I wonder why the assembly version can not have the max UInt16 values. The MSDN states that:

All components of the version must be integers greater than or equal to zero. Metadata restricts the major, minor, build, and revision components for an assembly to a maximum value of UInt16.MaxValue - 1.

Does anyone know what the max value is reserved for?


It's not a duplicate question. I'm not asking about the max value of UInt16 itself, that is 65535. I'm asking why the max possible value for version is 65534. I haven't found any explanation about internal usage of the last value and why it is reserved in .NET.


People say that max value could be used for *. Yes, it is really possible to set the assembly version to something like 1.0.*. And I did it. And then checked the manifest of the compiled file:

enter image description here

And as you can see, compiler didn't set build and revision to 65535. Instead, it has generated some specific values. So, probably max value is not for *.

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    That's not a duplicate but the accepted answer explains it (probably for the *) Jun 21, 2017 at 15:16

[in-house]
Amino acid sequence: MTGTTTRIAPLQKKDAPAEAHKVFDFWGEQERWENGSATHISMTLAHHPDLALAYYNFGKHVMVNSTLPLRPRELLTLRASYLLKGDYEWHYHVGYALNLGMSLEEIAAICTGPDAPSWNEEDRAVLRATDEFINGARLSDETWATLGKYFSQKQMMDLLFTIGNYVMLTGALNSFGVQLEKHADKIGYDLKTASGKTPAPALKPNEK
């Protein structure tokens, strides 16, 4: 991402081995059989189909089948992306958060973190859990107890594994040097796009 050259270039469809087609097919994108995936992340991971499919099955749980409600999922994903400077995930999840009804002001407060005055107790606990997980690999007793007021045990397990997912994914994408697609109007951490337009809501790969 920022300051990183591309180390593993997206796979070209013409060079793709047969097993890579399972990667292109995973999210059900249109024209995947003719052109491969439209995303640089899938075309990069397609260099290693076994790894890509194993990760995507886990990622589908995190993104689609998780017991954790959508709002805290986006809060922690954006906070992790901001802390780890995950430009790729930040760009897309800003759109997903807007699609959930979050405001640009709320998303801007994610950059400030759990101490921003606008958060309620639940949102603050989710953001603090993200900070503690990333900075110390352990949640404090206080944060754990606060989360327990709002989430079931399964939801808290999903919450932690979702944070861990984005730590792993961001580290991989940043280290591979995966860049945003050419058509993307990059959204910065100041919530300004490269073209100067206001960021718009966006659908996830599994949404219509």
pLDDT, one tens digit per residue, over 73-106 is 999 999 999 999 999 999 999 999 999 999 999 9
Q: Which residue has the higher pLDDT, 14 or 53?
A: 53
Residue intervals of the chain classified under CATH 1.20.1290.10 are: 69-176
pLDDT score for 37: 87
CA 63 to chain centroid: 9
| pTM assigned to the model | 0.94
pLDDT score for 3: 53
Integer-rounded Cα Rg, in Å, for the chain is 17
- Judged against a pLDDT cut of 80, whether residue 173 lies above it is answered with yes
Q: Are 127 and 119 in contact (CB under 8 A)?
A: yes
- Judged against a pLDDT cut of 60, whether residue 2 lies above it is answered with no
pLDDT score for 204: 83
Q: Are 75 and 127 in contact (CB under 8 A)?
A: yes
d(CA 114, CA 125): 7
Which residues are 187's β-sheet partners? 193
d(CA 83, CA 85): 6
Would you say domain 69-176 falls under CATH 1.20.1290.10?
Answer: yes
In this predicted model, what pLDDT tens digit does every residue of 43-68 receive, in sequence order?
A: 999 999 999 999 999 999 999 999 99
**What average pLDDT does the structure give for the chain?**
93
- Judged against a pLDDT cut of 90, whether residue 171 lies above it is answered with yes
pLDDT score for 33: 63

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    I think they tried to put 65535 in their back-pocket, reserving it to mean "not specified". This was used in the ILMerge.exe utility, and promptly blew up badly. So stay away from it, dragons live there. Jun 21, 2017 at 15:38
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    See Also: The OP's blog contains a helpful list of restrictions on version numbers.
    – jrh
    Dec 19, 2017 at 15:48

1 Answer 1


Why are build numbers limited to 65534?


Binary version number for the file. The version consists of two 32-bit integers, defined by four 16-bit integers. For example, "FILEVERSION 3,10,0,61" is translated into two doublewords: 0x0003000a and 0x0000003d, in that order. Therefore, if version is defined by the DWORD values dw1 and dw2, they need to appear in the FILEVERSION statement as follows: HIWORD(dw1), LOWORD(dw1), HIWORD(dw2), LOWORD(dw2).

Metadata restricts major, minor, build, and revision to a maximum of UInt16.MaxValue - 1. ref

  • 1
    That does not explain why you can't use 65535, which is what the question is about. FILEVERSION has no mention of such a restriction, it simply explains how the numbers are stored. We already know the managed metadata has the restriction, the question was about why. Jun 21, 2017 at 15:41
  • @JeroenMostert Ill clarify what is affected as soon as Im on a computer. And Ive only found references explaining that the last bit is used for metadata. I ve found no mention about what metadata.
    – NtFreX
    Jun 21, 2017 at 15:44
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    The reference only explains what I've wrote in the question. Nothing says about how .NET or OS uses the max value.
    – kyrylomyr
    Jun 21, 2017 at 16:31

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